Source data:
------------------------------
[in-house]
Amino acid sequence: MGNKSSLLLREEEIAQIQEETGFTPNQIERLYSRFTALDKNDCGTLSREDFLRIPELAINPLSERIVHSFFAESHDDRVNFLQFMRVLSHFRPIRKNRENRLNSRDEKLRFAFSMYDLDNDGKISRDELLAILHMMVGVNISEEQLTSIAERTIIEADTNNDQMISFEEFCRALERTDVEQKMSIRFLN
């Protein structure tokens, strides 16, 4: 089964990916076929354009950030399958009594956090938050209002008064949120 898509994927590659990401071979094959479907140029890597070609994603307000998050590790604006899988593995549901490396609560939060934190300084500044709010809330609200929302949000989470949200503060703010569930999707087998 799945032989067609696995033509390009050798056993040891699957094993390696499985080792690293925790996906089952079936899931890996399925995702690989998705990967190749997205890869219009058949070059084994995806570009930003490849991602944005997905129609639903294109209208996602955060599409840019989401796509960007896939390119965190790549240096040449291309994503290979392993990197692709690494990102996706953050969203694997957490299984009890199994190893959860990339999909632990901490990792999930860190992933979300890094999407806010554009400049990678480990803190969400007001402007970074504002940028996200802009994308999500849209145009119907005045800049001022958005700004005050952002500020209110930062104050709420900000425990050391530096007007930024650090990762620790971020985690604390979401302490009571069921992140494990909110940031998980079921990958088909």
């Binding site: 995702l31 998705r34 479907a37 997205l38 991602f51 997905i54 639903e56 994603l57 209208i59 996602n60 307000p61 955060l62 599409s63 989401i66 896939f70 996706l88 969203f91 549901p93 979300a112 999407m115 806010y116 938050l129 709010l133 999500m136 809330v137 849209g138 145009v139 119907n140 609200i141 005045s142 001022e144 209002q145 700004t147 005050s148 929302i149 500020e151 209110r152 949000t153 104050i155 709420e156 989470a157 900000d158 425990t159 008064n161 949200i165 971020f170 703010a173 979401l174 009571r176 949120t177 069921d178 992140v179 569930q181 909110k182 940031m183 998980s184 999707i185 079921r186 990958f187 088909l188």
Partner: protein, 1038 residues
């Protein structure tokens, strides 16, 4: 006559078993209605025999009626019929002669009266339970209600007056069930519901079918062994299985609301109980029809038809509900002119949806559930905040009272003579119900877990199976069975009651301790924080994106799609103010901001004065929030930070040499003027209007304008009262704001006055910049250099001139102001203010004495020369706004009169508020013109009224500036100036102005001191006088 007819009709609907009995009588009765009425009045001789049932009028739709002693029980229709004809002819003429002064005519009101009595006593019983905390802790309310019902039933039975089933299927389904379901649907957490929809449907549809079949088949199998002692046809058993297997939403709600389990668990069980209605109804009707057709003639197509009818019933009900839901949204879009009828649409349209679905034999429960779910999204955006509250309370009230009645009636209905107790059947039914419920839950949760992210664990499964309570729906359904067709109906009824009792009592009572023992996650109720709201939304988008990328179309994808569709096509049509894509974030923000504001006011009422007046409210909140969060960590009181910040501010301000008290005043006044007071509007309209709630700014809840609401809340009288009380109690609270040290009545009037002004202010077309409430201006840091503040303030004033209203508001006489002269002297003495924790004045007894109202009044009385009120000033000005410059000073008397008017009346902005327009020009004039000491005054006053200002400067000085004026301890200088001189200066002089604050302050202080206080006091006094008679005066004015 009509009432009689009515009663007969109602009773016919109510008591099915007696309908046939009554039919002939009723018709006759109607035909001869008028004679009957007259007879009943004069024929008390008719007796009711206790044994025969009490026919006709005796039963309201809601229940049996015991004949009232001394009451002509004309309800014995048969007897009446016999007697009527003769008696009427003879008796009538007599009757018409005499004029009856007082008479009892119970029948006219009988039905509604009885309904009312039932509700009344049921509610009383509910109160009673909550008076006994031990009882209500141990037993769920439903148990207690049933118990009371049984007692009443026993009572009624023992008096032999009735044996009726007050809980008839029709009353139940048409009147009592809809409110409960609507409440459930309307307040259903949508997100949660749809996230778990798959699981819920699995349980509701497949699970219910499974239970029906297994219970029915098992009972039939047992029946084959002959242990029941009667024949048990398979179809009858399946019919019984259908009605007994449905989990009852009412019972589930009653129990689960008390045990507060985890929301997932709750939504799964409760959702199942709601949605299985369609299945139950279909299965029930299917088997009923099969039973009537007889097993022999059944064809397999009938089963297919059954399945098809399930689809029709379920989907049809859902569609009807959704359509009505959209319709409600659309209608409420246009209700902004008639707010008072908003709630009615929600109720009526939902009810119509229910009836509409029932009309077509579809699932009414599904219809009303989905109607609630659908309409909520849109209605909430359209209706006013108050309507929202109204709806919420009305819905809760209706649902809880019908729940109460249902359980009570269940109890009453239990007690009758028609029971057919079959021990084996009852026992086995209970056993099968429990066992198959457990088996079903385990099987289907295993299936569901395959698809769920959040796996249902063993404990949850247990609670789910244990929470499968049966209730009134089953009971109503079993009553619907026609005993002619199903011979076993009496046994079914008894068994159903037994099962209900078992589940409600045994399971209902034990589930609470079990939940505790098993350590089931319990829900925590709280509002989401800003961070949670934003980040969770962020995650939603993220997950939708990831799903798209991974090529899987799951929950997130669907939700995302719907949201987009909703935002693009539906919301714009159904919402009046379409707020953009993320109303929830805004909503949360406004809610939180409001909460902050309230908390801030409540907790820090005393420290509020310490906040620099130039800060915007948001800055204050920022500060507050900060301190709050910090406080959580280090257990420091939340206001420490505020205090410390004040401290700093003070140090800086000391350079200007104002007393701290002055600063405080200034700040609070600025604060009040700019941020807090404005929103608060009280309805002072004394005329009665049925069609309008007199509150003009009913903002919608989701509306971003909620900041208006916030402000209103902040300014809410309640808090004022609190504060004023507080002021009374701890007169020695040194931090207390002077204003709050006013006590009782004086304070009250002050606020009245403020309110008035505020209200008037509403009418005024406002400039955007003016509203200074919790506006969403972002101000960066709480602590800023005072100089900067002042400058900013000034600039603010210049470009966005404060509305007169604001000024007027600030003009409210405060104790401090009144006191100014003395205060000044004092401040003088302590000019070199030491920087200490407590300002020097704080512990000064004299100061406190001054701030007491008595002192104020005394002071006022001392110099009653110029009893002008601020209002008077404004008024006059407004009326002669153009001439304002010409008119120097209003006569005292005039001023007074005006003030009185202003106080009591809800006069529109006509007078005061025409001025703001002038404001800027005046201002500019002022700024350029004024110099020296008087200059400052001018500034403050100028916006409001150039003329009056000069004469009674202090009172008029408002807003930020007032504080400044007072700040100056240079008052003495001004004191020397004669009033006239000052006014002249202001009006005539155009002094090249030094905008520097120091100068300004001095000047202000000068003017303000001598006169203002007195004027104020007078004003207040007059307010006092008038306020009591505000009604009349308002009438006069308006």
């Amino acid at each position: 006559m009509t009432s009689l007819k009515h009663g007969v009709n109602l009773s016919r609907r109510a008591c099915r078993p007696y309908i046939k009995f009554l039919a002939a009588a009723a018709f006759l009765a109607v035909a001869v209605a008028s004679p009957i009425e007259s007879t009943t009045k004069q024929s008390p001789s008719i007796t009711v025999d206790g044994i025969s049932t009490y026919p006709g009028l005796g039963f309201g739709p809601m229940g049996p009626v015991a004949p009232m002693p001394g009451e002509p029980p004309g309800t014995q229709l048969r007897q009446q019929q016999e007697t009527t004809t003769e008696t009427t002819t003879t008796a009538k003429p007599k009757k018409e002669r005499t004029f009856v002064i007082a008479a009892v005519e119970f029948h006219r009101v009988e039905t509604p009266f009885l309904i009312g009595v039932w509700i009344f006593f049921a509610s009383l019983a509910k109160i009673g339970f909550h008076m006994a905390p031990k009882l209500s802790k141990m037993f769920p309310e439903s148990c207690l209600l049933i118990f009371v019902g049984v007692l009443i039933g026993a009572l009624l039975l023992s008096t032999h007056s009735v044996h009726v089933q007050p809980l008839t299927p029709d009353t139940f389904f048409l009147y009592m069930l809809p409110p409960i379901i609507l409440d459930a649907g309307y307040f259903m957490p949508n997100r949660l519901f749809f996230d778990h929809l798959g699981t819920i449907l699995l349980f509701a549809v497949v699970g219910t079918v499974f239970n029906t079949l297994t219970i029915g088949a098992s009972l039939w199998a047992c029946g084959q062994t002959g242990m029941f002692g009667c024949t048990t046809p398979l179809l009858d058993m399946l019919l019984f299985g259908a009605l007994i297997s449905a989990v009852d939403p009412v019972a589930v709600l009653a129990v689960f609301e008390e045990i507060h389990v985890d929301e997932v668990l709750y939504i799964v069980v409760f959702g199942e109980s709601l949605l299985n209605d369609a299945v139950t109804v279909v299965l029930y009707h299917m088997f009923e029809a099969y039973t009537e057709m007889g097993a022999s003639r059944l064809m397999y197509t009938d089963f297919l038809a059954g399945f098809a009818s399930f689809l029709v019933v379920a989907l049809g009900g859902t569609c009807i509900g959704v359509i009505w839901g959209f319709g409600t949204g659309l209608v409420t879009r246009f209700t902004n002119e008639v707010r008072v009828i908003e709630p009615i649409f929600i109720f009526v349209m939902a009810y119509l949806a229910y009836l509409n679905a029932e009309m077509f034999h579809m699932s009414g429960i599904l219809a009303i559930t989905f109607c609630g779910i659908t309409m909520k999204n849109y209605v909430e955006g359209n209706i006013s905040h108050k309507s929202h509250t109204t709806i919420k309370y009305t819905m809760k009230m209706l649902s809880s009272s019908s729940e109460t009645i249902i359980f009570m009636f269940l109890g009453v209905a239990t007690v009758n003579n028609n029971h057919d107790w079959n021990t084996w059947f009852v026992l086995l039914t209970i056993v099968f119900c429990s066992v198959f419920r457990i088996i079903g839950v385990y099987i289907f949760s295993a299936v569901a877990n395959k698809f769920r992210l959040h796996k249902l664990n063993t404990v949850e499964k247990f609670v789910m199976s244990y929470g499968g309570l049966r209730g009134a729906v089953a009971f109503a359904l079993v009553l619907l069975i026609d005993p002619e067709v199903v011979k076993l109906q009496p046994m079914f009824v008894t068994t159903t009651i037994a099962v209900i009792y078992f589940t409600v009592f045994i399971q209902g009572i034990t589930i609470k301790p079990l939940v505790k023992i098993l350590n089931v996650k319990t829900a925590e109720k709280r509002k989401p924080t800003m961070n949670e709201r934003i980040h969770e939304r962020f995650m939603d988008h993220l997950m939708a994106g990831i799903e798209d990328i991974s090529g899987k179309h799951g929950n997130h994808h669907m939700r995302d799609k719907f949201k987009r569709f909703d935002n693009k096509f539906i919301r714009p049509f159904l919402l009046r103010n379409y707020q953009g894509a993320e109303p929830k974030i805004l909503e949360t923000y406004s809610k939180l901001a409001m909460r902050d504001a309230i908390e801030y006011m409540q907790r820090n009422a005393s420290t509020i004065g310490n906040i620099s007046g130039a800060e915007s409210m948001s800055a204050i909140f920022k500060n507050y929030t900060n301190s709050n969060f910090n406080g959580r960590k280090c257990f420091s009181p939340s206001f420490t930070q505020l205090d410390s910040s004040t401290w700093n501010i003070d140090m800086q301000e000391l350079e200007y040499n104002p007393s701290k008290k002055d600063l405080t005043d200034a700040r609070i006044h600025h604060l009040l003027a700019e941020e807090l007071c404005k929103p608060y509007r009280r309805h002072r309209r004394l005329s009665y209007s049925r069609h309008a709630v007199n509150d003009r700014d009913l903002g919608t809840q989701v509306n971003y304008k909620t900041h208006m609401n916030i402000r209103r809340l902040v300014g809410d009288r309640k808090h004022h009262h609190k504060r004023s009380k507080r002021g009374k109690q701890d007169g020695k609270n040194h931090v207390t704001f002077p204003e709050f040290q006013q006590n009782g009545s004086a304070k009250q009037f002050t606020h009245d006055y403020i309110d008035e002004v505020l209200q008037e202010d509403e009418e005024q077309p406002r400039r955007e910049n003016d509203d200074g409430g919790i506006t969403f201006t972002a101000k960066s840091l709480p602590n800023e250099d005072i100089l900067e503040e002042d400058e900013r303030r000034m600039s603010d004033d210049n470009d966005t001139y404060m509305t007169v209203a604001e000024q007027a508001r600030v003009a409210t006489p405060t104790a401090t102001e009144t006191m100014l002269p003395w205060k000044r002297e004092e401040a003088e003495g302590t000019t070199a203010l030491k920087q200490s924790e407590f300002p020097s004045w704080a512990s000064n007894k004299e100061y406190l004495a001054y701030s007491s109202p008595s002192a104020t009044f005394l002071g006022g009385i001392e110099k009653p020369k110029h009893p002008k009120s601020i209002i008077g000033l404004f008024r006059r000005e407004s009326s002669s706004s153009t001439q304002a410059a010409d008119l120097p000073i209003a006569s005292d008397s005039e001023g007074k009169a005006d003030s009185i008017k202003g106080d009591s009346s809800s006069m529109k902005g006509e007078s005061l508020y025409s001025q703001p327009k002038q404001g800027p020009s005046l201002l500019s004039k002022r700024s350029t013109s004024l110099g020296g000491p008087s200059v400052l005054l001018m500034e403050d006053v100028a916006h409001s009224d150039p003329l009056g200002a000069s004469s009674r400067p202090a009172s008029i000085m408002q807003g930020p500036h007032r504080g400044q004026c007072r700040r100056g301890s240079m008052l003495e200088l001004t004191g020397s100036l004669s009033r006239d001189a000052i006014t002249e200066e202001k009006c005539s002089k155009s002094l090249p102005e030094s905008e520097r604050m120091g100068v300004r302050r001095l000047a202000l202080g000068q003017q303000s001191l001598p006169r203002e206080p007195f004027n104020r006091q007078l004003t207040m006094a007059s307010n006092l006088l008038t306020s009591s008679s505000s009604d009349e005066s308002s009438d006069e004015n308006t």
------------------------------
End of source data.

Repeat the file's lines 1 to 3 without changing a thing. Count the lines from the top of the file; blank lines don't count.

[in-house]
Amino acid sequence: MGNKSSLLLREEEIAQIQEETGFTPNQIERLYSRFTALDKNDCGTLSREDFLRIPELAINPLSERIVHSFFAESHDDRVNFLQFMRVLSHFRPIRKNRENRLNSRDEKLRFAFSMYDLDNDGKISRDELLAILHMMVGVNISEEQLTSIAERTIIEADTNNDQMISFEEFCRALERTDVEQKMSIRFLN
């Protein structure tokens, strides 16, 4: 089964990916076929354009950030399958009594956090938050209002008064949120 898509994927590659990401071979094959479907140029890597070609994603307000998050590790604006899988593995549901490396609560939060934190300084500044709010809330609200929302949000989470949200503060703010569930999707087998 799945032989067609696995033509390009050798056993040891699957094993390696499985080792690293925790996906089952079936899931890996399925995702690989998705990967190749997205890869219009058949070059084994995806570009930003490849991602944005997905129609639903294109209208996602955060599409840019989401796509960007896939390119965190790549240096040449291309994503290979392993990197692709690494990102996706953050969203694997957490299984009890199994190893959860990339999909632990901490990792999930860190992933979300890094999407806010554009400049990678480990803190969400007001402007970074504002940028996200802009994308999500849209145009119907005045800049001022958005700004005050952002500020209110930062104050709420900000425990050391530096007007930024650090990762620790971020985690604390979401302490009571069921992140494990909110940031998980079921990958088909």